For most people, the winter season is a time of great joy and family gatherings. It’s a period full of holiday feasts and end-of-year revelry. But some unfortunate people never make it to the New Year, and for others, these supposedly pleasant times bring out the most murderous of tendencies.
While you counted down to the 12 days of Christmas, a serial murderer confessed to heinous acts. While you happily unwrapped presents on Christmas morning, a frozen corpse was discovered in a snowdrift. While you prepped your annual New Year’s Eve party, some of the most notorious murderers were put on trial for their horrifying crimes.
If you think you’re ready, come check out these winter true crime books that all take place during the icy holiday season. These true crime books take you from snowy Manhattan to sunny Los Angeles and beyond, examining notorious serial murder cases and lesser-known injustices throughout history. Each narrative will leave you with chills all the way through April.
The First Celebrity Serial Killer in Southwest Ohio
Alfred Knapp was a drifter with brain damage who rose to media fame. It just came at the cost of his wife’s life. On the days leading up to Christmas in 1902, Alfred strangled his wife, Hannah, in their bed. Alfred told anyone who asked that Hannah simply left him, but the truth was with Hannah as she floated in a box down the Great Miami River.
When Alfred was finally caught, he confessed to the murder of four other victims. His actions were abhorrent, but as reporters flocked in to interview him, he came across as charismatic and handsome. Though he spent a hefty amount of his life thereafter in prison, Alfred was viewed in the media as a sinister star.
The first body was found in mid-December of 1989—Richard Mallory, shot multiple times and disposed of in the woods north of Daytona Beach, Florida. Over the next twelve months, six more white, male, middle-aged victims were found murdered in the same way, though the police were left without any leads to these startling crimes. It was through the violent acts of Aileen Wuornos that these men met their untimely ends. And as Wuornos went to trial and set the media ablaze with her side of the wild tale, a dark history of prostitution and abuse began to unfold.
Louisville's Alma Kellner Mystery
On a harsh winter’s day in 1909, a heinous crime was committed that would come to shake the foundations of Louisville, Kentucky. It was in December that eight-year-old Alma Kellner disappeared from St. John’s Church; months later, her body was found. Police Captain John Carney was so affected by the senseless child murder that he set out on a cross-country manhunt, traversing some 11,000 miles and eventually ending up in South America. However, even as a suspect was obtained, a trial set into motion, and a verdict reached, questions remained about the suspicious conclusion to the case.
Hanging Ruth Blay
Sometimes those who are punished for crimes are actually the victims. In December of 1768, Ruth Blay was hanged to death in Portsmouth, New Hampshire. Her crime was a breach of a strict moral code: she had concealed the birth of a stillborn baby—a baby she had out of wedlock. Author Carolyn Marvin shines a solemn light on this tragic act of injustice, revealing the woman behind the slaying.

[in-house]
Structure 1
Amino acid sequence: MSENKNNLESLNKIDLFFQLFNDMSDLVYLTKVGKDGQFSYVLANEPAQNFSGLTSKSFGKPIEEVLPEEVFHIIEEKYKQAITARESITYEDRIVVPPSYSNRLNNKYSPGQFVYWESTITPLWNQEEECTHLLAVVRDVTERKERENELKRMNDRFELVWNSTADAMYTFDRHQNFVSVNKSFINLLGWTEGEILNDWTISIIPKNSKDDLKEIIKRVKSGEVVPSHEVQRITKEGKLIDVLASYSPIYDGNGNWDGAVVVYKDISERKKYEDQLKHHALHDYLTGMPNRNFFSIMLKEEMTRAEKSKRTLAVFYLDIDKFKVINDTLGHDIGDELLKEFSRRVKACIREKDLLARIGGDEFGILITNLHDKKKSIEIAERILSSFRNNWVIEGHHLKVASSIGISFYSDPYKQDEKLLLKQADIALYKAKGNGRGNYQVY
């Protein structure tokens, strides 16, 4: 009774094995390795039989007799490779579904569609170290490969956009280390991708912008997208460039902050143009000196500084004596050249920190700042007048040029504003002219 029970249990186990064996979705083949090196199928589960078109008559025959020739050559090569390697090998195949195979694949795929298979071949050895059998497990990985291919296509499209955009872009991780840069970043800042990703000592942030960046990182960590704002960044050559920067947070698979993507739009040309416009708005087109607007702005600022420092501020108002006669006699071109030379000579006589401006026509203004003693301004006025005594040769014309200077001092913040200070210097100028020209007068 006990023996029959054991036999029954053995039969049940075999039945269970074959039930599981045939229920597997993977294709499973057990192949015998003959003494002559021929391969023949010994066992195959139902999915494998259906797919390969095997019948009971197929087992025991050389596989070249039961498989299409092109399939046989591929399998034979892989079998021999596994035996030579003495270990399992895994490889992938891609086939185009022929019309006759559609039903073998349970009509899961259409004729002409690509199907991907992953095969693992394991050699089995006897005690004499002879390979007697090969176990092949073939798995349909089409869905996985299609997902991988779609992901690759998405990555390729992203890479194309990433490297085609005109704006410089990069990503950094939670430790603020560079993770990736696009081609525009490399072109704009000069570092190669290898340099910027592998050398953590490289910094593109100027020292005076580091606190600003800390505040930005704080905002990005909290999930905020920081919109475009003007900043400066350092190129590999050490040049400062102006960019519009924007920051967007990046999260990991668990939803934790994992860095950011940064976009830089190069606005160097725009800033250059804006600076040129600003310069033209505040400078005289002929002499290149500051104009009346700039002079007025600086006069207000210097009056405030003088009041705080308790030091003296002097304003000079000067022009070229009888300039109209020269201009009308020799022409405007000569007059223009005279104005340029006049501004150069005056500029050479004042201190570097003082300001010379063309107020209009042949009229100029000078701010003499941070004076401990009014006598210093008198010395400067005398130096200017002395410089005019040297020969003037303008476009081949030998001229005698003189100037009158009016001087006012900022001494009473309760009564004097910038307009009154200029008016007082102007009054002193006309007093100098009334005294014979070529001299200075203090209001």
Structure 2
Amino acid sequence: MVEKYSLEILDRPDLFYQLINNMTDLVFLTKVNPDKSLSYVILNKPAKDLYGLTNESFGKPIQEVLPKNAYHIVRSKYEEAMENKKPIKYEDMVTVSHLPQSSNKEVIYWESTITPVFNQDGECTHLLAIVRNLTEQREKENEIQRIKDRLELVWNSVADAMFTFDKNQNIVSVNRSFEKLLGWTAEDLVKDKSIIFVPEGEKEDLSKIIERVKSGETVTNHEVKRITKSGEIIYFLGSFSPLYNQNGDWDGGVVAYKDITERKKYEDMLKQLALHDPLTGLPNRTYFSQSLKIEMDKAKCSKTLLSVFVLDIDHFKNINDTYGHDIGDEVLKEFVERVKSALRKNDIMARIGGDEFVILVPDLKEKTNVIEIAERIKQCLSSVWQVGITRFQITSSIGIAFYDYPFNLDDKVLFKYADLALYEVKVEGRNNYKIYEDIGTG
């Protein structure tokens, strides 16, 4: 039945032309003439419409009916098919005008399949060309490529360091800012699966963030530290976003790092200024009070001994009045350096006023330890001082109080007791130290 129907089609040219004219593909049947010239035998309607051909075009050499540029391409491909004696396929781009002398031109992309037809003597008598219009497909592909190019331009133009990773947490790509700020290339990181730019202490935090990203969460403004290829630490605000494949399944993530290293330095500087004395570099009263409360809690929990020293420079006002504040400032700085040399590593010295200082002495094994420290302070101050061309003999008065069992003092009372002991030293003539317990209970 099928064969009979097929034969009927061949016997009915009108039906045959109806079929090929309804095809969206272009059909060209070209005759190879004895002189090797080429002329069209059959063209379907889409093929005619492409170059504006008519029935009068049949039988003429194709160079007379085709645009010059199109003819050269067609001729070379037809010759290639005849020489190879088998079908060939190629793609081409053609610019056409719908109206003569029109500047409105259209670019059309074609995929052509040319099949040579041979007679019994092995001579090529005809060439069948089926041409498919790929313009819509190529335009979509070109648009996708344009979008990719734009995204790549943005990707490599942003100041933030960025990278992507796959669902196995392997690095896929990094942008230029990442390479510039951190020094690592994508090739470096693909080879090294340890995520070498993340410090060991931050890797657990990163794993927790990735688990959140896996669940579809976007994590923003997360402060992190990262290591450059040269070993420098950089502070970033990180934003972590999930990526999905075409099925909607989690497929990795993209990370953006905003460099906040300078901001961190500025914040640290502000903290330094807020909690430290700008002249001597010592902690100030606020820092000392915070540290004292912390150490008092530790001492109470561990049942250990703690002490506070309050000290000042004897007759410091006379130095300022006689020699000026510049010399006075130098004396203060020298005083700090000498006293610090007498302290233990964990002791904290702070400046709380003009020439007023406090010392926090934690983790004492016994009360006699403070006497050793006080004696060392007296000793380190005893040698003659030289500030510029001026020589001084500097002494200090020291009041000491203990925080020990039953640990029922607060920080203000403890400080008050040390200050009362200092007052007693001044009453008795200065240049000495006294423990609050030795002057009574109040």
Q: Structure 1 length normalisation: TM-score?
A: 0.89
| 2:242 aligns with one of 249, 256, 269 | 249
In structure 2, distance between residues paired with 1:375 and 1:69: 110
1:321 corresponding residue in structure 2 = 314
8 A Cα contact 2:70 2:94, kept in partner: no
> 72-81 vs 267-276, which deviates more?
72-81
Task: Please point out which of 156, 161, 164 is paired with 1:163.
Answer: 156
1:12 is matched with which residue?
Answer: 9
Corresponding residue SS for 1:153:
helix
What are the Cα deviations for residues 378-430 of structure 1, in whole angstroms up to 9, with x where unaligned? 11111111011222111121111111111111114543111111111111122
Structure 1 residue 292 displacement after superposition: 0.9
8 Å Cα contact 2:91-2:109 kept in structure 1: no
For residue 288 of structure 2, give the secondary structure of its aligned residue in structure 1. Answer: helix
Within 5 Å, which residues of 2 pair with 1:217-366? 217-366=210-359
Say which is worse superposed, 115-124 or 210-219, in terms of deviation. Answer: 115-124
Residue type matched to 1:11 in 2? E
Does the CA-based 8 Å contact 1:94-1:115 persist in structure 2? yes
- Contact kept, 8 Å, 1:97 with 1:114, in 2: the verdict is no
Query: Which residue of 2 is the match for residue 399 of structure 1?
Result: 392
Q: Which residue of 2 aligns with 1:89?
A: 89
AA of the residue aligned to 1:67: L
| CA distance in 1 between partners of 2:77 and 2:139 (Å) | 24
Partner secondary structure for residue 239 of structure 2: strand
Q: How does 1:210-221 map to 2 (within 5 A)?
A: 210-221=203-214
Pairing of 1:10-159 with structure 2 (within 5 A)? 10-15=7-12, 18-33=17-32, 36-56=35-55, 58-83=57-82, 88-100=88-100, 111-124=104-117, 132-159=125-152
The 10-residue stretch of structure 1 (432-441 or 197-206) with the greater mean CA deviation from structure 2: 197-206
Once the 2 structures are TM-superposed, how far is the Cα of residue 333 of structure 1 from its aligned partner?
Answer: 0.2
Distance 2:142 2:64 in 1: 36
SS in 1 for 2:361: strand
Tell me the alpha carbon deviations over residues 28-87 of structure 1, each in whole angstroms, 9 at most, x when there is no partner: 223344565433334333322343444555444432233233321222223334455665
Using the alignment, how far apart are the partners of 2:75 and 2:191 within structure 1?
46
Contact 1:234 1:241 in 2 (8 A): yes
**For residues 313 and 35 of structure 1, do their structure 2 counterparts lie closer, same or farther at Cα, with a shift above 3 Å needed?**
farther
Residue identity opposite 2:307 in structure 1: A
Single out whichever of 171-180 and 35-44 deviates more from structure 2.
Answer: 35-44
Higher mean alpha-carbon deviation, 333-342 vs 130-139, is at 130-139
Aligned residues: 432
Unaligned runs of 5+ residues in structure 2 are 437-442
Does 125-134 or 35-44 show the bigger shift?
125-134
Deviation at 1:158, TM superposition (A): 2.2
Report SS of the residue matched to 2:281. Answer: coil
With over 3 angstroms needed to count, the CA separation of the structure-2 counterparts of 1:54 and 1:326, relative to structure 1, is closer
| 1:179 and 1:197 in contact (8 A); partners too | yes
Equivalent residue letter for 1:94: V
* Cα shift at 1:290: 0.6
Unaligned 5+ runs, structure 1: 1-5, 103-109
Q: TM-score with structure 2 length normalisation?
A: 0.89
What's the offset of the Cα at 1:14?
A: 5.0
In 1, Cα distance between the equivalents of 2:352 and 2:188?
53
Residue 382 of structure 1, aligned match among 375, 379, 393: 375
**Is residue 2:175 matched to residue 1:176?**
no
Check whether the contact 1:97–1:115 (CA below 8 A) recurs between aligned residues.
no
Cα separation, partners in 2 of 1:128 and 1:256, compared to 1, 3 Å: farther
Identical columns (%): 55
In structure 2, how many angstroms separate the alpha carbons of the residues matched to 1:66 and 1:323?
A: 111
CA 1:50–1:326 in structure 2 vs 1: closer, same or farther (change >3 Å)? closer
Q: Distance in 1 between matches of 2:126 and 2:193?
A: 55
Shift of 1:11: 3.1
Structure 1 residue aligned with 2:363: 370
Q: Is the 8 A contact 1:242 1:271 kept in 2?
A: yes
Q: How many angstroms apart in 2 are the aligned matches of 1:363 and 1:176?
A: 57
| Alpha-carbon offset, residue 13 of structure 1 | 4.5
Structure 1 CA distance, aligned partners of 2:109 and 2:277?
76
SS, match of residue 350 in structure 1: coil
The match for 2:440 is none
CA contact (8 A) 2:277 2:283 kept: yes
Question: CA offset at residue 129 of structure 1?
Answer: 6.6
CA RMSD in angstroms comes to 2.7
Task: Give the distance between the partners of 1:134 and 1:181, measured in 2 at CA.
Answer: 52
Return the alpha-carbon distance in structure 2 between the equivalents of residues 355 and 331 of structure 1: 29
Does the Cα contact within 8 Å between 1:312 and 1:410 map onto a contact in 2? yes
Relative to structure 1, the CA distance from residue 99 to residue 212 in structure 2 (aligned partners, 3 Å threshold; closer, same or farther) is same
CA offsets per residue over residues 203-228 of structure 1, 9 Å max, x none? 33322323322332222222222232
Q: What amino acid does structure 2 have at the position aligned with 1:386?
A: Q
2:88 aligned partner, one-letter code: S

Not Just Evil
Marion Parker, just twelve years old, was abducted from her Los Angeles school on December 15th, 1927. Marion's father delivered the ransom money to one William Edward Hickman. But it wasn’t until the Hickman fled that Mr. Parker realized his daughter was already dead. When Hickman was finally captured and charged with Marion’s murder, he confessed every wicked detail. He also issued California’s first plea of insanity.
As Hickman’s lawyers insisted Hickman’s delusional fantasy world was the result of movies warping his ability to parse out right from wrong, it seemed as though Hollywood was the one suddenly on trial. The movie industry—at a pivotal point as it emerged from the era of silent films—was quick to hit back against these claims. It wasn’t long before the case descended into chaos.
Slaying in South St. Louis
It was a chilly St. Louis December in 1963 when a senseless tragedy unfolded. As Nancy Zanone’s two young children played happily in the backyard, she stepped away to finish her chores. Joseph Arbeiter, a local teenager, was waiting inside after slipping in through an unlocked door. He stabbed Nancy to death in her kitchen.
Authorities soon apprehended Arbeiter. He confessed and stood trial for his crimes. Yet despite the confession and hard evidence, Arbeiter was released on a technicality. Co-authors Vicki Berger and Bryan Erwin dive deep into one mother’s pointless death, and the surviving family members' quest for justice.
The Jefferson County Egan Murders
A notorious crime trio, Peter Egan, his wife Barbara Ann, and his younger brother Gerald were suspects in not only a spree of burglaries, but an FBI investigation of grand theft auto. However, the crime uncovered on December 31st, 1964 was not carried out by the Egans. No, the Egans were the victims—found shot to death along Interstate 81.
The execution-style murders baffled the police—was this an act of random violence, or was it a pointed hit? When a shocking arrest was finally made, the arrival of acclaimed lawyer F. Lee Bailey—known for representing such clients as , , and —spurred the trial forward into a series of unbelievable twists and turns, leaving the murders clouded in mystery to this day.
Murder on Long Island